Yesterday’s stage of the Tour de France is not the first time that spectators encroaching on the road have caused problems for the cyclists.
Below is an extract from ‘The Shattered Peloton’ by Graham Healy which tells the story of how fans of French rider Henri Pélissier may have prevented him from winning the 1914 Tour.
On the final stage, Pélissier broke away in an attempt to overcome the small deficit to race leader Philippe Thys. However, his way was blocked and his opportunity was gone.
Pélissier would go on to win the 1923 Tour though. The Tour that year was the last before World War One would break out and was taking place as the threat of war was growing throughout Europe. Below is the extract.
The penultimate stage of the Tour took place the day after the Austro-Hungarians had delivered their ultimatum. The stage would take the riders from Longwy to Dunkirk.
François Faber won his second stage in a row, finishing in the same time as Henri Pélissier and Philippe Thys. However, despite Pélissier not being able to break clear of the Belgian, his deficit had been reduced from nearly thirty two minutes to just one minute and fifty seconds. The commissaires had penalised Thys by thirty minutes for breaking the rules.
He had collided with Faber during the stage and broken a wheel when he fell. He chose to buy a new one, rather than try to repair it.
The rules stated that a rider had to repair any mechanical issues himself without any outside help. Alternatively, if a race commissaire deemed it to be irreparable, he could get assistance.
Thys knew he would receive a thirty-minute penalty, but he gambled that it would take him longer to make the repair. It was all set up for a fight to the finish on the final stage.
Little did either the spectators or the cyclists know prior to the final stage that this would be the last Tour de France action that would be seen for nearly five years. The riders signed on that morning in the Café des Arcades in Dunkirk before setting off on the 340-kilometre stage to Paris.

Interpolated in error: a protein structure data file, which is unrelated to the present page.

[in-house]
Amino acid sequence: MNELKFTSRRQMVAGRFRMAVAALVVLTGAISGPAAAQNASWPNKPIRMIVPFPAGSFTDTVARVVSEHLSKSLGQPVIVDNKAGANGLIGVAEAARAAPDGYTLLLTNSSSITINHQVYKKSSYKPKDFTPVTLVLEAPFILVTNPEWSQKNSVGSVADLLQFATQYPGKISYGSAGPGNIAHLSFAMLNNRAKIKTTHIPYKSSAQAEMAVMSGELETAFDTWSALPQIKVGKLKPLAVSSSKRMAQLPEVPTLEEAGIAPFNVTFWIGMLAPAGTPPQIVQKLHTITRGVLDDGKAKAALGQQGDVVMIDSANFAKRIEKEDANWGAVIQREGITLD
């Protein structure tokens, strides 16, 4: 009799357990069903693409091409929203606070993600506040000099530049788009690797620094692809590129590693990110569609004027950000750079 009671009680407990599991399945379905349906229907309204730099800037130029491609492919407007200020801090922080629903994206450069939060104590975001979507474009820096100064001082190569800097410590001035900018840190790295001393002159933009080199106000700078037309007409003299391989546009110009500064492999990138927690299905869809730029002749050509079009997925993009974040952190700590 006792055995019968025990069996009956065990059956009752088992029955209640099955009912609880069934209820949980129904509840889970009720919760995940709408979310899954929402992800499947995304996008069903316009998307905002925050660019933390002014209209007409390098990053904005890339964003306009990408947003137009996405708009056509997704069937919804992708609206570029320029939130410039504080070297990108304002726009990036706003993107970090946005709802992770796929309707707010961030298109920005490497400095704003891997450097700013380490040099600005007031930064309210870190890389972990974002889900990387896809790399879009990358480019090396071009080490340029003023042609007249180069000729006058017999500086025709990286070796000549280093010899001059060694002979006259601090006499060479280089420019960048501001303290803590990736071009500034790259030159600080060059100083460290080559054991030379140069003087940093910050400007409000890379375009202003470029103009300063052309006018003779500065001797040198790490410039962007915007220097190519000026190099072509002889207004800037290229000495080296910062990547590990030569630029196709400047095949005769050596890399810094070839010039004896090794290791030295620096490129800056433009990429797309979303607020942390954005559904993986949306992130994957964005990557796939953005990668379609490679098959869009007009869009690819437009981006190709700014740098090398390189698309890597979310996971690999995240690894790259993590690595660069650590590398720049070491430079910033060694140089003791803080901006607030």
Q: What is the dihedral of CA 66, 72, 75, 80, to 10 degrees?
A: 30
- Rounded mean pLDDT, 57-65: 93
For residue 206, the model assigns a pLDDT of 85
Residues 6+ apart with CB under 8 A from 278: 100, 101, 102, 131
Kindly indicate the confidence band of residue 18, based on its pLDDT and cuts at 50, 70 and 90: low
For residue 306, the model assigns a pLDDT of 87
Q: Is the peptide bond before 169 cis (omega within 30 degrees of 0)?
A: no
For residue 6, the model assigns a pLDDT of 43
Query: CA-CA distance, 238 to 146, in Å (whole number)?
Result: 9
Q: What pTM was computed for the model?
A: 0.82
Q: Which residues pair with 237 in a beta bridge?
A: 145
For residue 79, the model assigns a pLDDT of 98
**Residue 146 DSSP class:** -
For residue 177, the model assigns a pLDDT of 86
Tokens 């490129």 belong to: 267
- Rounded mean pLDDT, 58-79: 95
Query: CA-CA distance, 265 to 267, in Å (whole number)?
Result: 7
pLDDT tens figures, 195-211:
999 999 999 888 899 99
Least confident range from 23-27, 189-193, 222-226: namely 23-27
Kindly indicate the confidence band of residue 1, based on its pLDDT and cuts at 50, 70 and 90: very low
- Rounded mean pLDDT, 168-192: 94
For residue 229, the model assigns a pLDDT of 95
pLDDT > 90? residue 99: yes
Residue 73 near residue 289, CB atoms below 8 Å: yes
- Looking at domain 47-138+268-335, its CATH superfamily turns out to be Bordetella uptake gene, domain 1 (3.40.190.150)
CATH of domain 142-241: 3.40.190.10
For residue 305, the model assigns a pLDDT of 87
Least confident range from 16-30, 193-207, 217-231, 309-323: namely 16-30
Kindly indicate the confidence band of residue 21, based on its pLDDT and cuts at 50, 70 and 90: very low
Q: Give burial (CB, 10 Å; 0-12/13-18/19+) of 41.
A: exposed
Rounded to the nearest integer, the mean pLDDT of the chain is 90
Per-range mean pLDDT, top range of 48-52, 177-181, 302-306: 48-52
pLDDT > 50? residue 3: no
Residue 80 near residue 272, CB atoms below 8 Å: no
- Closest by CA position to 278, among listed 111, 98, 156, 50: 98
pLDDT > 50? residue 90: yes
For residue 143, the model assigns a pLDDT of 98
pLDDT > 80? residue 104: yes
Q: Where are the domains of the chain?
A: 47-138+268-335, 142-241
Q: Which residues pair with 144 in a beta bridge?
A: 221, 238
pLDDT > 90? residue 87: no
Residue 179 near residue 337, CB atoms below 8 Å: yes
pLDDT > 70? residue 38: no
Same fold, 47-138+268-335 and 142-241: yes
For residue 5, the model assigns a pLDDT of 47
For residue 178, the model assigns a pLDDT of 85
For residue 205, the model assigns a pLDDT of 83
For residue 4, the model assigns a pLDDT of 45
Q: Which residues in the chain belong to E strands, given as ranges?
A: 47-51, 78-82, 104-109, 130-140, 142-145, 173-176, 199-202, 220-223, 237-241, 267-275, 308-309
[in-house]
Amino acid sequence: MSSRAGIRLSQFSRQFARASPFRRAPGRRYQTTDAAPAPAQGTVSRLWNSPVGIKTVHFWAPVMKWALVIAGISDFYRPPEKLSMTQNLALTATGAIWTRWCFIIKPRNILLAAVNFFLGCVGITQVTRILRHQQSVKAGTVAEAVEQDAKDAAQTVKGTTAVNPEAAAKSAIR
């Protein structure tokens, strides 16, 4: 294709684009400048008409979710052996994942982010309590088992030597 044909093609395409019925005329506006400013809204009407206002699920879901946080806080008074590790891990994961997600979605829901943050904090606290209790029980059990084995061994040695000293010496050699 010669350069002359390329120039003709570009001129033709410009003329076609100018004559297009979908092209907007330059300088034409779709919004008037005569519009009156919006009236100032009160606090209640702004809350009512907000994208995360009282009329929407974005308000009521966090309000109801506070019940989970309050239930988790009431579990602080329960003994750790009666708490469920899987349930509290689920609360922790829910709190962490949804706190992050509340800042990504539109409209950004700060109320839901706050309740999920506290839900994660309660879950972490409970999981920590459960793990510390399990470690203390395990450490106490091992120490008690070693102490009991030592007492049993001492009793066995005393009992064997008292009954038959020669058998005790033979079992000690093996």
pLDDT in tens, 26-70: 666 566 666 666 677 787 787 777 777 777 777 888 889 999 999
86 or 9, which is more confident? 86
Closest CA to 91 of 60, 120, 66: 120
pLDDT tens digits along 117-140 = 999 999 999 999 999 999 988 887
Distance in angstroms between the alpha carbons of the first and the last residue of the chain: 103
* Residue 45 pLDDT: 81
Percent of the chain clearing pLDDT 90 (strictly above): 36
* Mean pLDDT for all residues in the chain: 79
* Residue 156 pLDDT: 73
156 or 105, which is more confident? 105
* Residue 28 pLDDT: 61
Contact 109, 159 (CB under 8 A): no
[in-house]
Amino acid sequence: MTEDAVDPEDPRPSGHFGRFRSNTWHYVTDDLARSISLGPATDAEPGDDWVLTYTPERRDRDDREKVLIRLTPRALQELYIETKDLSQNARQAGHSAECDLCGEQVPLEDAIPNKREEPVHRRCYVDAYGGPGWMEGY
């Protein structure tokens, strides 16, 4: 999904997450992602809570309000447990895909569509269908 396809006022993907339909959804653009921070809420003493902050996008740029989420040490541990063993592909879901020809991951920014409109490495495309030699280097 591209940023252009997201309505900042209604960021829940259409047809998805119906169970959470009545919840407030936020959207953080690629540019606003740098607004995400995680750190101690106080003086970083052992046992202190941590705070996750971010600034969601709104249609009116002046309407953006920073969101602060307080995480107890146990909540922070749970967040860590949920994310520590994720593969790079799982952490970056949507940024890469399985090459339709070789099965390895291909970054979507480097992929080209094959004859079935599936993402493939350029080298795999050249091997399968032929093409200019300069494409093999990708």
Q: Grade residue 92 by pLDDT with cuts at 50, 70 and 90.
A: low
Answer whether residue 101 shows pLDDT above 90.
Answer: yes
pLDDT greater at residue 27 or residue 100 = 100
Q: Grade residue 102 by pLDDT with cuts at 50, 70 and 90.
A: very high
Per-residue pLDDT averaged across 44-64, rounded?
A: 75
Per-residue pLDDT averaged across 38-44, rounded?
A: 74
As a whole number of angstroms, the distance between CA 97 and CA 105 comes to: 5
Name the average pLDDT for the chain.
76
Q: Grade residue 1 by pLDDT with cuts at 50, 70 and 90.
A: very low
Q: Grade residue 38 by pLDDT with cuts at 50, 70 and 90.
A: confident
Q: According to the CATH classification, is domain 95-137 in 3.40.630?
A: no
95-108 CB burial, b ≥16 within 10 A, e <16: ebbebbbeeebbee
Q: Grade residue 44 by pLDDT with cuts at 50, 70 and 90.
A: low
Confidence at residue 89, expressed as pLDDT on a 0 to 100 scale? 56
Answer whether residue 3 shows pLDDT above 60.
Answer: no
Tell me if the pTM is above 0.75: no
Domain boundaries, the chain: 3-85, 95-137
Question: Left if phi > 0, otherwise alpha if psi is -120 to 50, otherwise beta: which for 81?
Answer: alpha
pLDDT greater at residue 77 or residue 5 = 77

Pélissier did his very best to break away from Thys that day, but to no avail. The weather didn’t favour Pélissier, either, as the peloton would have to face a really strong headwind on the road to Paris.
A headwind tends to favour the bunch rather than those trying for a breakaway attempt, and as a result the bunch would stay together for much of the stage. Pélissier would have to bide his time.
To the west of Paris, at Marly-le-Roi, Pélissier finally attacked and gave it his all. It was now or never. He set a ferocious pace, and it was starting to look like he could overcome his deficit. However, it all went wrong for him at the bridge at Saint-Cloud to the west of Paris.
A sizable number of his supporters had gathered on the bridge, and as they tried to cheer and push their man to victory, they ended up impeding his progress. It was incredibly frustrating for the Frenchman seeing his chance at victory slipping away.
Pélissier described the scene afterward: “The rows of spectators narrowed, leaving me with just a small gap. They cheered me as if I had won, and they are trying to make me lose. I had to dismount. I cried in desperation, but my voice was lost.”
He was soon caught by three others, including Thys. His chance at glory had disappeared. It would be of little consolation to him that he was still strong enough to take the final stage win.
He had lost by just one minute and fifty seconds, which would remain the smallest margin between first and second for over forty years.
Thys meanwhile, at the age of just twenty-four, had become the second rider after Lucien Petit-Breton to win the race twice.
The future looked bright for the man from Anderlecht, and in one of the best team performances ever seen at the Tour, the Peugeot team won twelve of the fifteen stages and placed ten riders in the top thirteen.